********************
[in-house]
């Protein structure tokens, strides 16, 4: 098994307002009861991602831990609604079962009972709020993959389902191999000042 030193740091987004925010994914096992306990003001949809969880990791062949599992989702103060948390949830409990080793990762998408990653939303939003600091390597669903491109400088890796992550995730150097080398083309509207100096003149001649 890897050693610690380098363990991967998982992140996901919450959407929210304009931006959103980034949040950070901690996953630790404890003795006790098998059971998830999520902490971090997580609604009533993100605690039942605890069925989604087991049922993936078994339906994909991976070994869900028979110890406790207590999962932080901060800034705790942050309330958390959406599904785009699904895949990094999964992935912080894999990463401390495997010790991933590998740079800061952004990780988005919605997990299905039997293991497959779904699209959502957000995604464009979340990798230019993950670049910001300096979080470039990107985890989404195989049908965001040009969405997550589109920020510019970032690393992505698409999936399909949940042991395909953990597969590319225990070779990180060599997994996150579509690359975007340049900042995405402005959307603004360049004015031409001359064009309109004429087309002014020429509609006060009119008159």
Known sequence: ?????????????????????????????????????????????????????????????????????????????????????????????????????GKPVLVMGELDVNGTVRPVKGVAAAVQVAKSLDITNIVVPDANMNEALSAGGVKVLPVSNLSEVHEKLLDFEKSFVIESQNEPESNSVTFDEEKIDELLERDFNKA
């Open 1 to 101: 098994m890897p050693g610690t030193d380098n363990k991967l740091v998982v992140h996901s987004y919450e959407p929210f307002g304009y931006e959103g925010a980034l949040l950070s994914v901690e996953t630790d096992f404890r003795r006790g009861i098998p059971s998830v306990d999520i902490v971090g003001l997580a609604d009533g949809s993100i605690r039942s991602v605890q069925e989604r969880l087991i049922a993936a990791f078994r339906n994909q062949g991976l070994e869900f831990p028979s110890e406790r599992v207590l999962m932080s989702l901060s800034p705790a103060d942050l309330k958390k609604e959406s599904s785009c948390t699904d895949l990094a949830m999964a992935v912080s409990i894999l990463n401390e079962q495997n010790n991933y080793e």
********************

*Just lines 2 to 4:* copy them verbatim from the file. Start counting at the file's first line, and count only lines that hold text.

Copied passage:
């Protein structure tokens, strides 16, 4: 098994307002009861991602831990609604079962009972709020993959389902191999000042 030193740091987004925010994914096992306990003001949809969880990791062949599992989702103060948390949830409990080793990762998408990653939303939003600091390597669903491109400088890796992550995730150097080398083309509207100096003149001649 890897050693610690380098363990991967998982992140996901919450959407929210304009931006959103980034949040950070901690996953630790404890003795006790098998059971998830999520902490971090997580609604009533993100605690039942605890069925989604087991049922993936078994339906994909991976070994869900028979110890406790207590999962932080901060800034705790942050309330958390959406599904785009699904895949990094999964992935912080894999990463401390495997010790991933590998740079800061952004990780988005919605997990299905039997293991497959779904699209959502957000995604464009979340990798230019993950670049910001300096979080470039990107985890989404195989049908965001040009969405997550589109920020510019970032690393992505698409999936399909949940042991395909953990597969590319225990070779990180060599997994996150579509690359975007340049900042995405402005959307603004360049004015031409001359064009309109004429087309002014020429509609006060009119008159």
Known sequence: ?????????????????????????????????????????????????????????????????????????????????????????????????????GKPVLVMGELDVNGTVRPVKGVAAAVQVAKSLDITNIVVPDANMNEALSAGGVKVLPVSNLSEVHEKLLDFEKSFVIESQNEPESNSVTFDEEKIDELLERDFNKA
């Open 1 to 101: 098994m890897p050693g610690t030193d380098n363990k991967l740091v998982v992140h996901s987004y919450e959407p929210f307002g304009y931006e959103g925010a980034l949040l950070s994914v901690e996953t630790d096992f404890r003795r006790g009861i098998p059971s998830v306990d999520i902490v971090g003001l997580a609604d009533g949809s993100i605690r039942s991602v605890q069925e989604r969880l087991i049922a993936a990791f078994r339906n994909q062949g991976l070994e869900f831990p028979s110890e406790r599992v207590l999962m932080s989702l901060s800034p705790a103060d942050l309330k958390k609604e959406s599904s785009c948390t699904d895949l990094a949830m999964a992935v912080s409990i894999l990463n401390e079962q495997n010790n991933y080793e």